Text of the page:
Even so, revivals have never been without controversy. At times it was those who opposed the religious fervor of the First Great Awakening; other times it was Jonathan Goforth’s missionary colleagues who doubted that the revival’s origins were of the Holy Spirit. Sadly, revival divides Christians as often as it unites them.

Of greatest significance to our modern landscape are the controversies surrounding the evangelical growth of the post-WWII era. Woodbridge and Hansen spend the last chapter tracing the ministries of Billy Graham, Harold J. Ockenga, Bill Bright, Fuller Seminary and Campus Crusade for Christ. The American church at this time saw a marked increase in spiritual interest among students and young people, and it was during this time that these men and ministries “stepped into a void left by denominational decline and met the spiritual needs of a generation returning from war and searching for meaning” (p. 174).

But sadly, as the authors note, “though the evangelical influence shifted toward parachurch ministries, leaders could not avoid old problems related to ecumenical compromise” (p.174). Eventually fundamentalists “objected to Graham partnering with the liberal Protestant Council for his watershed New York Crusade in 1957…[and] evangelicals and fundamentalists retreated into sparring camps”(p. 174).

This period and the eventual fallout has shaped many of us. Reading Woodbridge and Hansen’s account induced flashbacks to family dinners where my stentorian preacher-grandfather intoned how “everything changed with the 1957 New York Crusade.” And like it or not, it is difficult for any of us to evaluate the revivals of the 1940s and 50s without the subsequent controversies clouding our judgment. But, as Woodbridge and Hansen note earlier when discussing Christianity’s rapid decline in Wales after the revival had ended, “we can still celebrate a precious time when God seemed to offer earth a fresh taste of heaven’s bliss” (p. 116)—in fact, we must.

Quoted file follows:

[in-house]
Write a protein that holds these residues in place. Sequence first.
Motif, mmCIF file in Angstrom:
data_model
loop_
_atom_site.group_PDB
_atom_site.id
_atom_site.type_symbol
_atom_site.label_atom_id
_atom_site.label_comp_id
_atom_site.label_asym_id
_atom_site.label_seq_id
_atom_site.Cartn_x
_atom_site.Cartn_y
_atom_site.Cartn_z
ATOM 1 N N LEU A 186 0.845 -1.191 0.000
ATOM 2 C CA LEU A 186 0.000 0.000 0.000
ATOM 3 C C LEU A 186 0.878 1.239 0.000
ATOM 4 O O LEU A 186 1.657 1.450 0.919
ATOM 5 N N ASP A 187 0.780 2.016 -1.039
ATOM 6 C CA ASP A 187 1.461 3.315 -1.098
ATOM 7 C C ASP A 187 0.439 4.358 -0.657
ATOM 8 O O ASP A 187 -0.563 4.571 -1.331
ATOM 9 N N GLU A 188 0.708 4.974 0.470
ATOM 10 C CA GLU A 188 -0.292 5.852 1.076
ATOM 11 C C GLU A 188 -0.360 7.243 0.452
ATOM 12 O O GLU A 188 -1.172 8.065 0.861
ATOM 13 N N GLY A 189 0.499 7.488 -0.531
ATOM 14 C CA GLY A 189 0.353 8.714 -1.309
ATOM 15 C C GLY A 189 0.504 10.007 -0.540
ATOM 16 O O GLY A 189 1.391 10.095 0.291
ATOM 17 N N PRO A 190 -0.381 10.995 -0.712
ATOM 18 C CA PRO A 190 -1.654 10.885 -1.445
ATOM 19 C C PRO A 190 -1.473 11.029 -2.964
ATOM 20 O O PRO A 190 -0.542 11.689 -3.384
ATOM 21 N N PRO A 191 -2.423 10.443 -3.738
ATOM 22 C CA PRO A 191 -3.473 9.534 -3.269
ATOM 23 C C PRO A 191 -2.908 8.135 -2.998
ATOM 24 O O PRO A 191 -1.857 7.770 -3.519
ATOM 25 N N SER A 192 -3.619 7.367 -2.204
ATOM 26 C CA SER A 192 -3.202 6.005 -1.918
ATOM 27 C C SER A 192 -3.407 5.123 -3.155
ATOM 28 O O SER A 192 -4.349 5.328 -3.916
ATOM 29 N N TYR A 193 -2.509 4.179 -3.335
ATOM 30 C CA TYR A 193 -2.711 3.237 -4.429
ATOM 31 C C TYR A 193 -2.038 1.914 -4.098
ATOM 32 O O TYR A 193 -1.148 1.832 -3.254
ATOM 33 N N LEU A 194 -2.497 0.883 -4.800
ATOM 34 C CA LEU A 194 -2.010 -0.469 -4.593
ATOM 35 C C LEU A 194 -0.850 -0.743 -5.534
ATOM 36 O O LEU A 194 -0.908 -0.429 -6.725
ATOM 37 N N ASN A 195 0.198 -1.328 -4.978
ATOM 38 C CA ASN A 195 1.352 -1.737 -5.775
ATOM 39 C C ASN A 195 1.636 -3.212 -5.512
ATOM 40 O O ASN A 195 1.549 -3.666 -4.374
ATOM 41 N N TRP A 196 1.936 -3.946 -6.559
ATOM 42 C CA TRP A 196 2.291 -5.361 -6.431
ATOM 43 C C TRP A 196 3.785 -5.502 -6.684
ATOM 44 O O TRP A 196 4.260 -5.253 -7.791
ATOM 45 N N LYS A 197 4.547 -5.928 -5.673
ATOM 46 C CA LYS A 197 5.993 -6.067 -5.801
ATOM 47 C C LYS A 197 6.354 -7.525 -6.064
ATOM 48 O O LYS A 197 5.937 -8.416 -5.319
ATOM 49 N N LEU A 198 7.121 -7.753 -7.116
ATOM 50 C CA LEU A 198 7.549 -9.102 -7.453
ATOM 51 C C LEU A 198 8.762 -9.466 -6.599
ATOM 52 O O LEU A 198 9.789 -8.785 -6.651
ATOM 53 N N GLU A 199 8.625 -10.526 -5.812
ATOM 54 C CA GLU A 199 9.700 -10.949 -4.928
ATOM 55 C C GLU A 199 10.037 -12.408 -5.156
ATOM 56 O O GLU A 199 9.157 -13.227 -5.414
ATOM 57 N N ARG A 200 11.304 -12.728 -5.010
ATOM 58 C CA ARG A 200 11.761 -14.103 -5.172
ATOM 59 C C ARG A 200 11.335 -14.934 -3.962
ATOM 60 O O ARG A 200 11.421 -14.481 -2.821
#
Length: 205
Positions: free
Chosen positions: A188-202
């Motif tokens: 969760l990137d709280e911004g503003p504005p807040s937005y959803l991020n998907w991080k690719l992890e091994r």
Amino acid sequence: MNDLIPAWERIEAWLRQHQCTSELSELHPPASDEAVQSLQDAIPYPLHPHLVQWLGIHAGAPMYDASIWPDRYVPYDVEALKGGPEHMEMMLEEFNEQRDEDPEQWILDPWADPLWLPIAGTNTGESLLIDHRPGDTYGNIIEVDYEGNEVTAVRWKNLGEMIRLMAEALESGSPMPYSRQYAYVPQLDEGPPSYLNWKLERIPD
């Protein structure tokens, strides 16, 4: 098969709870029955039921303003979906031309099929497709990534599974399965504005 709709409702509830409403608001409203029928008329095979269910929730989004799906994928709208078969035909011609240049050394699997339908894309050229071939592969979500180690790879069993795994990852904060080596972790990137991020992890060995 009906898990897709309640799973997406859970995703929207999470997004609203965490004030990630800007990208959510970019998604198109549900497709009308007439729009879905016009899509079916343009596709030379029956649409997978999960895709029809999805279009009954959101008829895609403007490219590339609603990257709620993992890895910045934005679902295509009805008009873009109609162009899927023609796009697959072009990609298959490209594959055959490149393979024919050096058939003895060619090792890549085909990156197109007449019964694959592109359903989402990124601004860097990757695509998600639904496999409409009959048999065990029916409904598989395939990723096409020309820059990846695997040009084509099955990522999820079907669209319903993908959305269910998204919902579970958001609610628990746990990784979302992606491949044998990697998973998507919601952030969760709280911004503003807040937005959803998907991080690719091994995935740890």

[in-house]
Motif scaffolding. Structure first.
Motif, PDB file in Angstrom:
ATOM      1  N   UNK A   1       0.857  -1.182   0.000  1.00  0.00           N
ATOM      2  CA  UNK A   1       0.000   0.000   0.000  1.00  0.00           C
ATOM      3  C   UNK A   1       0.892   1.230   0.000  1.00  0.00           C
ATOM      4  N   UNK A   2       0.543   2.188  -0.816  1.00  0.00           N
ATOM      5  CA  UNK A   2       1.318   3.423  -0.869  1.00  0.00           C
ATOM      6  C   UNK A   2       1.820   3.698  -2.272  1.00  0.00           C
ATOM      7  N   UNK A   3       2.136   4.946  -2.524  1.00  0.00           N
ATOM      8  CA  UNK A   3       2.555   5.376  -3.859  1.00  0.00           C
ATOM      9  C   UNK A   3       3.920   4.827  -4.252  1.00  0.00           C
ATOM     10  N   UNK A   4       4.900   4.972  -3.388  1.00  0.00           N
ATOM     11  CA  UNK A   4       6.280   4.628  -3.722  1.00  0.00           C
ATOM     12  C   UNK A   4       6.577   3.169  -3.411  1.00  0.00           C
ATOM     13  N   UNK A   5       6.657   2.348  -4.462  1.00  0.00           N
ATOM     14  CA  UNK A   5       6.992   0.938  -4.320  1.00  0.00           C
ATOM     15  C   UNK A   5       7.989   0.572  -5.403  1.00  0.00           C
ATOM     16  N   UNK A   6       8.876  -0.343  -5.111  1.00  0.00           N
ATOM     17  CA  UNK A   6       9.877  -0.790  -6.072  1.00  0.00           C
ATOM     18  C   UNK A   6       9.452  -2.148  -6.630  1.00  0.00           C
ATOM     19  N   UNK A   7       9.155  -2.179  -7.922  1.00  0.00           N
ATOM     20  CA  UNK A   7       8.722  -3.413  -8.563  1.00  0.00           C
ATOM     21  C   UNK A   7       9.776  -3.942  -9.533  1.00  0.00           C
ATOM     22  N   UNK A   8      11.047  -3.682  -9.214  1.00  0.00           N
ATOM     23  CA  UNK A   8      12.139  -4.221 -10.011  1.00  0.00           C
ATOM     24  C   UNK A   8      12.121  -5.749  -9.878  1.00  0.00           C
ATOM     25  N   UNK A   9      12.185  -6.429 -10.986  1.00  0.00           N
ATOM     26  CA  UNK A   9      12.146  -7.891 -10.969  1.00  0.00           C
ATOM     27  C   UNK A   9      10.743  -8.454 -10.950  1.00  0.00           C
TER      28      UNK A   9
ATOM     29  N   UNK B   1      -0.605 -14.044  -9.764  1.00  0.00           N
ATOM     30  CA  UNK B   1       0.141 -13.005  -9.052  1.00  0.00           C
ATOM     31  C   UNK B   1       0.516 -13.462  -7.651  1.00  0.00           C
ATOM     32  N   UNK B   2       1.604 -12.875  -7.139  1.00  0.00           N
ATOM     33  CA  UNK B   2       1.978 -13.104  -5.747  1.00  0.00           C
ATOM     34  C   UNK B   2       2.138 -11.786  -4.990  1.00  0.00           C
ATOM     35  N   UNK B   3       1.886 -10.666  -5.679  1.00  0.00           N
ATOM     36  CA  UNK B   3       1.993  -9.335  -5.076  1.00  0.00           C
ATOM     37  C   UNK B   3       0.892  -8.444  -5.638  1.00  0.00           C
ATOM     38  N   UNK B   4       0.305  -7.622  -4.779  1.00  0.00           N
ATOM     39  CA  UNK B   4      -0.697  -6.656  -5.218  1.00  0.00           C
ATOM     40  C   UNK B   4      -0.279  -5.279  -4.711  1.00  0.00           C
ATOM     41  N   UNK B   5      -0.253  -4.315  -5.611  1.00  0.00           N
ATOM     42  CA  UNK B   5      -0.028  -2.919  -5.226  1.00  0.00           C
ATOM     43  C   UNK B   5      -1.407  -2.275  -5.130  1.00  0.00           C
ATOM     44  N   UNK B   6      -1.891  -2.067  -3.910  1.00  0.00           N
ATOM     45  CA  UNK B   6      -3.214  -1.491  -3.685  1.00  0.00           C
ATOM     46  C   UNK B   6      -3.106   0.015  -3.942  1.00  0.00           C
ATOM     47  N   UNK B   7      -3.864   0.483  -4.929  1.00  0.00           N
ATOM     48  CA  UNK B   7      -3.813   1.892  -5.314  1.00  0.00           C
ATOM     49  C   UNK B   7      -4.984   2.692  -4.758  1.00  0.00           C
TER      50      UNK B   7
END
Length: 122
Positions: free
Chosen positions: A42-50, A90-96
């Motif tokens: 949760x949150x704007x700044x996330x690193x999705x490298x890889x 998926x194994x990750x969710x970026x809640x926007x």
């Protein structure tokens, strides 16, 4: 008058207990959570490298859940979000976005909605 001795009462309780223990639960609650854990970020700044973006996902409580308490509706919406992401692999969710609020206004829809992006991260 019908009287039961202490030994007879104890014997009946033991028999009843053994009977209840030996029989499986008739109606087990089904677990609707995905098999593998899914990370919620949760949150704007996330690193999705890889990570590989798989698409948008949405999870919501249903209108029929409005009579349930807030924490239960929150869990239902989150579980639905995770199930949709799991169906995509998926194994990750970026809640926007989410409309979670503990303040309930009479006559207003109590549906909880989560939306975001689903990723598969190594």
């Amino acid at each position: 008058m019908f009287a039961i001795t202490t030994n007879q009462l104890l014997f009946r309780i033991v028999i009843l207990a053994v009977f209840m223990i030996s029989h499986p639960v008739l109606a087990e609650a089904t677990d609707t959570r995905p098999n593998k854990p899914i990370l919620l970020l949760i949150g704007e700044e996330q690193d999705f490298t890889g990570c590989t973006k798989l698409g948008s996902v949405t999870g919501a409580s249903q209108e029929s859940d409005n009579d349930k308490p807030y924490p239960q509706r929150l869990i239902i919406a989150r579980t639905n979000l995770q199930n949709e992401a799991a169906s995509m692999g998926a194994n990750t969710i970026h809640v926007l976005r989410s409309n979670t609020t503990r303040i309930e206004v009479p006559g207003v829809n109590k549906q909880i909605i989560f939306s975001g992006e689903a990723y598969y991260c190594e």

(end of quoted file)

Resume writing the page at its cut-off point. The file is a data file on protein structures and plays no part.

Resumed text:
Blind spot

Although the preface implies that A God-Sized Vision is intended for all Christians,1 the jacket cover identifies the target audience as “pastors and lay leaders.” As such, the writing, while not technical, does tend be academic, including lengthy quotations and an assumption of biblical and historical literacy. It was, after all, written by a journalist and church history professor.

And while it is not beyond the reach of the average reader, it will probably stretch more than stir him. Someone unaccustomed to academic style and pacing will find it difficult to even get past the preface and first chapter, where Woodbridge and Hansen unpack biblical and historical foundations for revival. Such readers are unlikely to ever reach the inspiring stories of Jonathan Edwards, the Welsh Revivals, businessmen prayer meetings, Jonathan Goforth and Ugandan martyrs.

That is unfortunate given that—as Woodbridge and Hansen argue in the preface—the very telling of revival stories often has the effect of inspiring saints to appeal to God for their own revival. The authors anticipate that “by taking you back to the days when God tore open the heavens and gave this world a glimpse of blissful eternity, it might stir you to offer prayers that move God” (p. 15). But, if those stories themselves are accessible to only one segment of the Christian population (the well-educated, the elite), how will the rest of the Church be inspired to beg God for revival?

This dilemma is reminiscent of an article that Collin Hansen himself wrote recently for The Gospel Coalition. In analyzing rising divorce rates among the moderately educated—those without college degrees—he notes that the church seems to have failed this demographic and that we have a “blind spot in our witness.”2 He is right. He is also right when he recognizes that this is the very segment of the Christian church most in need of revival. “We shouldn’t be surprised,” he continues, “if this is where God chooses to unleash a powerful revival.” Unfortunately, this book, with its academic approach, falls consistently into this well-educated reader blind spot.

Still, A God-Sized Vision will do exactly what the subtitle promises: stretch and stir (because faithful accounts of the work of God can do no less) those well-educated enough to read it. And they, pastor and lay leader alike, must be careful to steward what they learn, allow it to spark revival in their own hearts and eventually find ways to communicate that to their congregations. Otherwise, the book may well end up simply shelved onto already jammed bookcases, once again trapping the stories that the rest of the Christian church so desperately needs to hear.


1 Woodbridge and Hansen do not specifically state their target demographic; however, they do say that “This book is for Christians who want to bring their lives in line with their deepest beliefs” (p. 15). And later, when commenting on the general ignorance of revival history, they ask, “How many attending and even working in churches today would say the same?” (p.16). Taken together, these seem to indicate that their work is intended for both professional and lay members of the church.

Hannah R. Anderson lives in Vanderbilt, Pennsylvania where she spends her days mothering three small children, loving her husband, and scratching out odd moments to write.